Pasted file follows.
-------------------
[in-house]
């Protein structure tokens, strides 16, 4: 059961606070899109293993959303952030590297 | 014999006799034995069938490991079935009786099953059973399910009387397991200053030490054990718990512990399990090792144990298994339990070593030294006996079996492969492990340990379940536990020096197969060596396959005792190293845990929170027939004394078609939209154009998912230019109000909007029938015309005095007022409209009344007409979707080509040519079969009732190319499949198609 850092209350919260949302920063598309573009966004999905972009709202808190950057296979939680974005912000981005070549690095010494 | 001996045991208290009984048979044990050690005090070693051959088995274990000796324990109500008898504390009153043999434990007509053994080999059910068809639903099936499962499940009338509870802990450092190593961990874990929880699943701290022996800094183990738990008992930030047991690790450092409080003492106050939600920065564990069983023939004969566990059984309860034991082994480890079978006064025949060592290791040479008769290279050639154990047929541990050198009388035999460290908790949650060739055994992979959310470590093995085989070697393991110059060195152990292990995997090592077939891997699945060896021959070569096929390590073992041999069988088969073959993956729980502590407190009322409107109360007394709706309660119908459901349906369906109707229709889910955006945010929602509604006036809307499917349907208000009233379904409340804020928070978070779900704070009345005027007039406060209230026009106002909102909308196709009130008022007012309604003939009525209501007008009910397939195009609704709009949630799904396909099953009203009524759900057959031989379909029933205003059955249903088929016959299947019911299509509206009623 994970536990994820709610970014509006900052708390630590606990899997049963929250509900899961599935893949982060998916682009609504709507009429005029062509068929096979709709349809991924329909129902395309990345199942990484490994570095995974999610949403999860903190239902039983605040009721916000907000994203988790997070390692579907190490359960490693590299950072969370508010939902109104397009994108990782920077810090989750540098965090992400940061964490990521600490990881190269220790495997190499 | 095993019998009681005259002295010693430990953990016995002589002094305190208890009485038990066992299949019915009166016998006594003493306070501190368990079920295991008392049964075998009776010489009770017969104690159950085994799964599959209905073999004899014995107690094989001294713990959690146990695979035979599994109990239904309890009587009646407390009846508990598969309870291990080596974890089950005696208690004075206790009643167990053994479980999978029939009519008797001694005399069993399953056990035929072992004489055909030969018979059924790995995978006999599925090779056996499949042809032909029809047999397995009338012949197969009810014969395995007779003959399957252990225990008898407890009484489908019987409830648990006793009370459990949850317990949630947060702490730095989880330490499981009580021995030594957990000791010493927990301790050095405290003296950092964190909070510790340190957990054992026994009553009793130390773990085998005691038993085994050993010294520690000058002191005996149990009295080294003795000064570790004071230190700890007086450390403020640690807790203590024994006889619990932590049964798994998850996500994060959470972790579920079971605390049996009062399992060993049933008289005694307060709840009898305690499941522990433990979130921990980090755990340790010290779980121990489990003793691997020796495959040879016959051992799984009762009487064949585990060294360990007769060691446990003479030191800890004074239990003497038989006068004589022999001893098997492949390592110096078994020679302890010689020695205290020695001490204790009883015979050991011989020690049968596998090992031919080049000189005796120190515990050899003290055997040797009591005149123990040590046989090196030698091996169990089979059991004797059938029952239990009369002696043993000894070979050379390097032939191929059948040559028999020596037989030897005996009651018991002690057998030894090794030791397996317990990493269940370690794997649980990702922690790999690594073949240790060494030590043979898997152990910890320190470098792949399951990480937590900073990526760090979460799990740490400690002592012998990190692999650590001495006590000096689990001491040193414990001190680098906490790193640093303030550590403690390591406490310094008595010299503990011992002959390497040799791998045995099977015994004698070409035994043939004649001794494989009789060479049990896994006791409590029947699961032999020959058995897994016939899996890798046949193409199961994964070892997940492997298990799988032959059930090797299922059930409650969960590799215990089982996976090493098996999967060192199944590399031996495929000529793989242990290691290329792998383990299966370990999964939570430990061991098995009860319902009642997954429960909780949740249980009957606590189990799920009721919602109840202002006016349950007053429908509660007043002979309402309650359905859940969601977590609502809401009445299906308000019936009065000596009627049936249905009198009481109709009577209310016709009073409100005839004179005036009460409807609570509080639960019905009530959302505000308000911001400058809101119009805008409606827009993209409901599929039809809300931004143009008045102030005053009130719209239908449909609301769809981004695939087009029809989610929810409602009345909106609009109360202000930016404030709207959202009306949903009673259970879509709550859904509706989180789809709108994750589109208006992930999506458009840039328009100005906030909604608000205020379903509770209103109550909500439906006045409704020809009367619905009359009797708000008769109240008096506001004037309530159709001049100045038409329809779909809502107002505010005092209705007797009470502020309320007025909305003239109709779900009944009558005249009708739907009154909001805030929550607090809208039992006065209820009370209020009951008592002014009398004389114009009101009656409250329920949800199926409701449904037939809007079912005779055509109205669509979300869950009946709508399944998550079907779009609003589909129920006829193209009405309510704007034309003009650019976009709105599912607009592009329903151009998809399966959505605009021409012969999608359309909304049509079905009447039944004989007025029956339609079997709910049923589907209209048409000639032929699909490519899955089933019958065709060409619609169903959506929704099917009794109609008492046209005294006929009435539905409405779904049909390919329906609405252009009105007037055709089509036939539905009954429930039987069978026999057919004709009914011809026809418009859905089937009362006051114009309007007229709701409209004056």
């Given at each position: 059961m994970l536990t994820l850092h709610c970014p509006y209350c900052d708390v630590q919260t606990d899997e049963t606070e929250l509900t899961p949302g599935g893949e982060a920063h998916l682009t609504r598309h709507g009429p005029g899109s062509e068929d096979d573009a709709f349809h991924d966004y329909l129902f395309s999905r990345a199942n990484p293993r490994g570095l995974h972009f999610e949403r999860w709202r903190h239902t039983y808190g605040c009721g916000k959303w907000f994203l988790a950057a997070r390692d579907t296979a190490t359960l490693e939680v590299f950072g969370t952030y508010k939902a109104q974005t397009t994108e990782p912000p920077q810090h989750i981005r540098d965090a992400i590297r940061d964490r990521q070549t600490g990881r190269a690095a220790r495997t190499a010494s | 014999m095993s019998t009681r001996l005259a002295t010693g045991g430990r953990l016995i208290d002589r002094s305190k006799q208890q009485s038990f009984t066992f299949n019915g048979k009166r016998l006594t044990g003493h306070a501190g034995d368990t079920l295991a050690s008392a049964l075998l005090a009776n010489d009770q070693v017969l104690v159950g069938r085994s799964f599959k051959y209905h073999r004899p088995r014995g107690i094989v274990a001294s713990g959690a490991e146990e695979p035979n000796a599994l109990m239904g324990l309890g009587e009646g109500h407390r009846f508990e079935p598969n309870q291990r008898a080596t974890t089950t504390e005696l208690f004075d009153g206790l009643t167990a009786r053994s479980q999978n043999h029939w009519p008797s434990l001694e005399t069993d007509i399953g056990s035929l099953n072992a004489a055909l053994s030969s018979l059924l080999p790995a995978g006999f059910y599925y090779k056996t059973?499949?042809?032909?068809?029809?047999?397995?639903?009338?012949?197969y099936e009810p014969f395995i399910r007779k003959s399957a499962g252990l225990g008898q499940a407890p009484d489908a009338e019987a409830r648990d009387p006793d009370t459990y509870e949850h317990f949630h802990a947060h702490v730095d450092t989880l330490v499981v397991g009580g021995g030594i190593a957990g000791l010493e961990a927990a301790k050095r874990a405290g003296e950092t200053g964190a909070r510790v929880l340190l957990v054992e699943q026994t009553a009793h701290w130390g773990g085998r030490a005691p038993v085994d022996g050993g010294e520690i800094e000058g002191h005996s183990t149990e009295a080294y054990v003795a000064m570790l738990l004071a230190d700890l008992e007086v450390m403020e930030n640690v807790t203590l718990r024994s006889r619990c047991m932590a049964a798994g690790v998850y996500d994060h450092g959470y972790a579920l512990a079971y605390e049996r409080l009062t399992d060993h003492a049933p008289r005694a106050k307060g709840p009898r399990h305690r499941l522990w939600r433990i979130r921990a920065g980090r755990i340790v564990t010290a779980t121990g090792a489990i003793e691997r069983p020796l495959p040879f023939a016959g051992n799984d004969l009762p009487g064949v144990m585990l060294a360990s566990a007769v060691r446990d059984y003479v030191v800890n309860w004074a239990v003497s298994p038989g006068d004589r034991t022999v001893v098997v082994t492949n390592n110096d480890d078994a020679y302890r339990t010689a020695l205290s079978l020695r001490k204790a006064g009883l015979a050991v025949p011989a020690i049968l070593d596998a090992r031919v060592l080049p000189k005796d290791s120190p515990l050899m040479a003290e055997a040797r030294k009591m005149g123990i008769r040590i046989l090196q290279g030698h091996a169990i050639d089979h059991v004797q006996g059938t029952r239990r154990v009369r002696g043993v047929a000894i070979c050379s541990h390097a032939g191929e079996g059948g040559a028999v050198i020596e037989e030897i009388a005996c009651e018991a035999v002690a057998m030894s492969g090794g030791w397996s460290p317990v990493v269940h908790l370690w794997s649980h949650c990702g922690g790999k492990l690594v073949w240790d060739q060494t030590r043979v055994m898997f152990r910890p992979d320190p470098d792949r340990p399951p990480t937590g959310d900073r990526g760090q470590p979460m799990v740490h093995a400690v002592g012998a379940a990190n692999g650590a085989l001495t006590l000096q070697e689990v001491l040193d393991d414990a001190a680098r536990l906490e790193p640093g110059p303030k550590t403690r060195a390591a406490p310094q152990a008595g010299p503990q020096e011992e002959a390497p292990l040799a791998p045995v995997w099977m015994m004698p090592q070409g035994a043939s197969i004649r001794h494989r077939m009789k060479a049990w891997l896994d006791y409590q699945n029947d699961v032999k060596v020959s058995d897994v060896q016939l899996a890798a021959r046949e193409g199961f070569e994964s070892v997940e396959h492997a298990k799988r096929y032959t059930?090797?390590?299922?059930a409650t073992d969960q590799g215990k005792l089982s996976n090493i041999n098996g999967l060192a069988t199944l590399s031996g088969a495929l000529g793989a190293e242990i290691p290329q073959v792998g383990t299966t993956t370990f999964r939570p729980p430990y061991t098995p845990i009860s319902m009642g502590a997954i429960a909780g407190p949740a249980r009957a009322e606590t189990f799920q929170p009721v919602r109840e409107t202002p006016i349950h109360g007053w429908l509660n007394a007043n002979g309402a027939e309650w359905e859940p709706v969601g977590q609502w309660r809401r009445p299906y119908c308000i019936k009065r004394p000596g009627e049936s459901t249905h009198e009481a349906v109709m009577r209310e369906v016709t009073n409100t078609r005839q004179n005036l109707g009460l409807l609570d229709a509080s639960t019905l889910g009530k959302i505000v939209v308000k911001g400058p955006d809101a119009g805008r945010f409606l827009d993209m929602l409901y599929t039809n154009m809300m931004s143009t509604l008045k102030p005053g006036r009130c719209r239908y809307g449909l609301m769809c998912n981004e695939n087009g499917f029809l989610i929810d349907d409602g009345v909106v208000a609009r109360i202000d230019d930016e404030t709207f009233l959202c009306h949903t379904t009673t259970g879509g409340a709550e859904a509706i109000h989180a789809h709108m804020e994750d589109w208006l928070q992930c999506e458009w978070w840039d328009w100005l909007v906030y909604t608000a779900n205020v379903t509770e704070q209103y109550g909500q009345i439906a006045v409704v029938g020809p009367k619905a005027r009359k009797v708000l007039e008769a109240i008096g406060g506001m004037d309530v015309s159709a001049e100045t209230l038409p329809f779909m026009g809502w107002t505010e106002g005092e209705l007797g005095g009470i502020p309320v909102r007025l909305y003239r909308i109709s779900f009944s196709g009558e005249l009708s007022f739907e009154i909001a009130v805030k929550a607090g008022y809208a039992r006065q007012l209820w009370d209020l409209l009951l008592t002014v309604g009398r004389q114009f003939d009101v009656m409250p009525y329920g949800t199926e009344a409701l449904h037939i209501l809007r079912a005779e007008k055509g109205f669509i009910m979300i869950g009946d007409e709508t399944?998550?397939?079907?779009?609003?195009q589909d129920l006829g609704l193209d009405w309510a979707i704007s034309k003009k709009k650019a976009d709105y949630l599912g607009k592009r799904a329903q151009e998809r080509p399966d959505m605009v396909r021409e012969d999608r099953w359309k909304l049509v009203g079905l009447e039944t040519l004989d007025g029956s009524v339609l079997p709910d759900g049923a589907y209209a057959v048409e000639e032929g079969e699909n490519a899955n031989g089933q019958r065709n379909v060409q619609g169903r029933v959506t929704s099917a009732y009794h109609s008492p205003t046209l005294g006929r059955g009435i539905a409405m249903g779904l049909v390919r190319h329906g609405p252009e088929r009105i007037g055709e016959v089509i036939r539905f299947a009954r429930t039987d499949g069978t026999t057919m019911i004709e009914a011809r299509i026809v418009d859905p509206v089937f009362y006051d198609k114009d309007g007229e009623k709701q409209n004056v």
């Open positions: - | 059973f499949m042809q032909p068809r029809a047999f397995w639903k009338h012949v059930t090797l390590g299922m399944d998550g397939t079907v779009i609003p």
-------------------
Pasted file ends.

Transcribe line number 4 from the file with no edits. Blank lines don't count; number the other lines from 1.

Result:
């Open positions: - | 059973f499949m042809q032909p068809r029809a047999f397995w639903k009338h012949v059930t090797l390590g299922m399944d998550g397939t079907v779009i609003p």